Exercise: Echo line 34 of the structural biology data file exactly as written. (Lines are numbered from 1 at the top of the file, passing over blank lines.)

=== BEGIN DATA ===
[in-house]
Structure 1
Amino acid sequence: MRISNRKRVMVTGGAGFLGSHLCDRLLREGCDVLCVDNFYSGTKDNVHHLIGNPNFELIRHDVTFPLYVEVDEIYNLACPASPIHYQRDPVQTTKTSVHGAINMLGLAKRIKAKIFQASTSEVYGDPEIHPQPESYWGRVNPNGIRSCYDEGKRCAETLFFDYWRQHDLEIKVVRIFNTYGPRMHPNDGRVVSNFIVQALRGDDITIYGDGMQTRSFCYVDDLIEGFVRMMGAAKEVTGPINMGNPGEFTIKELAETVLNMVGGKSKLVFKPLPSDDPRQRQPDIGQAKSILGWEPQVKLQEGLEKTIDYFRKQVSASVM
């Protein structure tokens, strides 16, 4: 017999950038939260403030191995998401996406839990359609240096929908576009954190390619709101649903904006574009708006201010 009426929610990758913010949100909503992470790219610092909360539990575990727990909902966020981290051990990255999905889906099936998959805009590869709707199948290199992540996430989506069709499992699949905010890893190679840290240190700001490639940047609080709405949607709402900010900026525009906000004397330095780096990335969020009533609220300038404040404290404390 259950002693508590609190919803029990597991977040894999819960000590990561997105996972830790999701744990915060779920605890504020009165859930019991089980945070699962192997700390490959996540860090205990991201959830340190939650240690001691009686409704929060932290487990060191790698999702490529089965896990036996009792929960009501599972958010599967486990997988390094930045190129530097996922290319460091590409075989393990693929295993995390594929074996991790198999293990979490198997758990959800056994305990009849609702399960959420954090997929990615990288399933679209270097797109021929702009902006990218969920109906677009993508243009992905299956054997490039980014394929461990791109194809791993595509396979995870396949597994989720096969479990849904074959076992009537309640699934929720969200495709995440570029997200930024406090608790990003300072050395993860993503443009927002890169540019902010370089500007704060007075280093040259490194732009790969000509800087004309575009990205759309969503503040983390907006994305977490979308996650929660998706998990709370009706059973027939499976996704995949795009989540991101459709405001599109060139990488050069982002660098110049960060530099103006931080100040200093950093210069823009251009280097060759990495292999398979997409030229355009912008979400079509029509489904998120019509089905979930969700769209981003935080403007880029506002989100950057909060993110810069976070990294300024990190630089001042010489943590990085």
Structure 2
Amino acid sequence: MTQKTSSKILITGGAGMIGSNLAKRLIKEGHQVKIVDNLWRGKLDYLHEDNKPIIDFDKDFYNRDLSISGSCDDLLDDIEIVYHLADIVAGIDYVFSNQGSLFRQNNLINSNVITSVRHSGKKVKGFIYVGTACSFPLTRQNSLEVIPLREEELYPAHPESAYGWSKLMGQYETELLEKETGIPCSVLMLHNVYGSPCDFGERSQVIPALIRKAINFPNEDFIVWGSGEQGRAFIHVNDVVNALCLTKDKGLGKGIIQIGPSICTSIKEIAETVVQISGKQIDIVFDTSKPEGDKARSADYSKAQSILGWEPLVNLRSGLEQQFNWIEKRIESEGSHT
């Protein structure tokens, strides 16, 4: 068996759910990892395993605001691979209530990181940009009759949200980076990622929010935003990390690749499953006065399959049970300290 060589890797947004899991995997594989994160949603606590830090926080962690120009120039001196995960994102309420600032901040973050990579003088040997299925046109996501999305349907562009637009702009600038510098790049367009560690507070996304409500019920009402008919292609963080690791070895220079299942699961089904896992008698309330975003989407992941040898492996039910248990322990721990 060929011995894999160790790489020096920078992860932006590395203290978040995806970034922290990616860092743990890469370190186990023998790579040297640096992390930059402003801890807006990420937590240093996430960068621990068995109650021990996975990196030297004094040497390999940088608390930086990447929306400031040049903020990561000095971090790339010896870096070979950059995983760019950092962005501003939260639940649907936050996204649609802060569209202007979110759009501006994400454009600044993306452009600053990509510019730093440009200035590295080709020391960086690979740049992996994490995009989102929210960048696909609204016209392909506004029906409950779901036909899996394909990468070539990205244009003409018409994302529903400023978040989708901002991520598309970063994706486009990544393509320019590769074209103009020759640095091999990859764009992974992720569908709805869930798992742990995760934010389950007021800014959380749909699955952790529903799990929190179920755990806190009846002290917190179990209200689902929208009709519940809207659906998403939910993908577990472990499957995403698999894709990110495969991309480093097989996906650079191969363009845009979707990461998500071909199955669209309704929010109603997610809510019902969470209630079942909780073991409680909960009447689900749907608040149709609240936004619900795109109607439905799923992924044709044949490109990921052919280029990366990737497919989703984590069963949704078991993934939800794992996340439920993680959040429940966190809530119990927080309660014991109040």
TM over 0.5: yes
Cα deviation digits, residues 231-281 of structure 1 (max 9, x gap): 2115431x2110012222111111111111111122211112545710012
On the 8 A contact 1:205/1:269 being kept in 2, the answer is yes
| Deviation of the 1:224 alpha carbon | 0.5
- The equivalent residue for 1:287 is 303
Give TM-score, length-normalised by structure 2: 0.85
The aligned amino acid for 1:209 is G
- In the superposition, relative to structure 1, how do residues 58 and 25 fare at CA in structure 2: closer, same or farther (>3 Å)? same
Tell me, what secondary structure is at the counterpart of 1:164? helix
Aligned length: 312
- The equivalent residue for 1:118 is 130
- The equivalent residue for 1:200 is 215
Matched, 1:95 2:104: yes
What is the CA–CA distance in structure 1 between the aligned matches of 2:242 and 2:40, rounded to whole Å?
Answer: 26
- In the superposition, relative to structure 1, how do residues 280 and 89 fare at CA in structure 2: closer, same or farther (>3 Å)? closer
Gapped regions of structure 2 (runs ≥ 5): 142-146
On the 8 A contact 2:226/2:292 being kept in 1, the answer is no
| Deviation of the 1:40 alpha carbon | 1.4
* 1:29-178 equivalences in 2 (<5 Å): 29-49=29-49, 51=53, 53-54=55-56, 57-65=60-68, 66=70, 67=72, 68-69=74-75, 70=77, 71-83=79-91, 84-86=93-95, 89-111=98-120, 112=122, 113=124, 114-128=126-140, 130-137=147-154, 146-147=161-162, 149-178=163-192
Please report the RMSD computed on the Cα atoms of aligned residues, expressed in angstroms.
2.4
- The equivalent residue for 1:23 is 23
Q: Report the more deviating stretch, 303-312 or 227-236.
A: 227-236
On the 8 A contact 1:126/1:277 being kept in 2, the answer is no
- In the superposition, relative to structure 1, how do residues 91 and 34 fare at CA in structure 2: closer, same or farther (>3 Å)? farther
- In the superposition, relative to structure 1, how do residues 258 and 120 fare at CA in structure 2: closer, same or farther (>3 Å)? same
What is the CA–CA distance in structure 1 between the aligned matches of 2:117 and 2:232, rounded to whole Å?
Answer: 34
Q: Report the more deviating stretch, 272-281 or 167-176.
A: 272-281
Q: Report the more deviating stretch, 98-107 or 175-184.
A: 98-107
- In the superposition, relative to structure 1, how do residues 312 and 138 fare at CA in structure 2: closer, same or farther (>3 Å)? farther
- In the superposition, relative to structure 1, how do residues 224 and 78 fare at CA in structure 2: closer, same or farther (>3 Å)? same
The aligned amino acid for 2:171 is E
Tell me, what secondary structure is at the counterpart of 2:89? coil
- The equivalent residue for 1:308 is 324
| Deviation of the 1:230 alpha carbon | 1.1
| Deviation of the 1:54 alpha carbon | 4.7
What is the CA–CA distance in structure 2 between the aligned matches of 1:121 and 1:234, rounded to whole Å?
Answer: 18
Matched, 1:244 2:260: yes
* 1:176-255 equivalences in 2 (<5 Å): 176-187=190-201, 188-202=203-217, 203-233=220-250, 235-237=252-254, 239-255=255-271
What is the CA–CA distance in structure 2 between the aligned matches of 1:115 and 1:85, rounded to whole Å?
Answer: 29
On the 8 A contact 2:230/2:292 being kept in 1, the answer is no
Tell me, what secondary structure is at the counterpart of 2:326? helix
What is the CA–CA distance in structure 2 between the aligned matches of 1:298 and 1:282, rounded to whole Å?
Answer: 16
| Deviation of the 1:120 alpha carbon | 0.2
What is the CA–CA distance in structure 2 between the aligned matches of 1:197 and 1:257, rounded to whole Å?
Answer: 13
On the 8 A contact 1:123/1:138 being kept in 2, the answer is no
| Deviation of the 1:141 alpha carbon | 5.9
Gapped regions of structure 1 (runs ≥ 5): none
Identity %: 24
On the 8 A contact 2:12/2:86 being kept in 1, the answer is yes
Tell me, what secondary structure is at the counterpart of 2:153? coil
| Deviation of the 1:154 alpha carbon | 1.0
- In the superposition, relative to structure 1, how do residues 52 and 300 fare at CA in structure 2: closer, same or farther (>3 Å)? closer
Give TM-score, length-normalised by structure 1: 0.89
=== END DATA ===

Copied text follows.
- In the superposition, relative to structure 1, how do residues 91 and 34 fare at CA in structure 2: closer, same or farther (>3 Å)? farther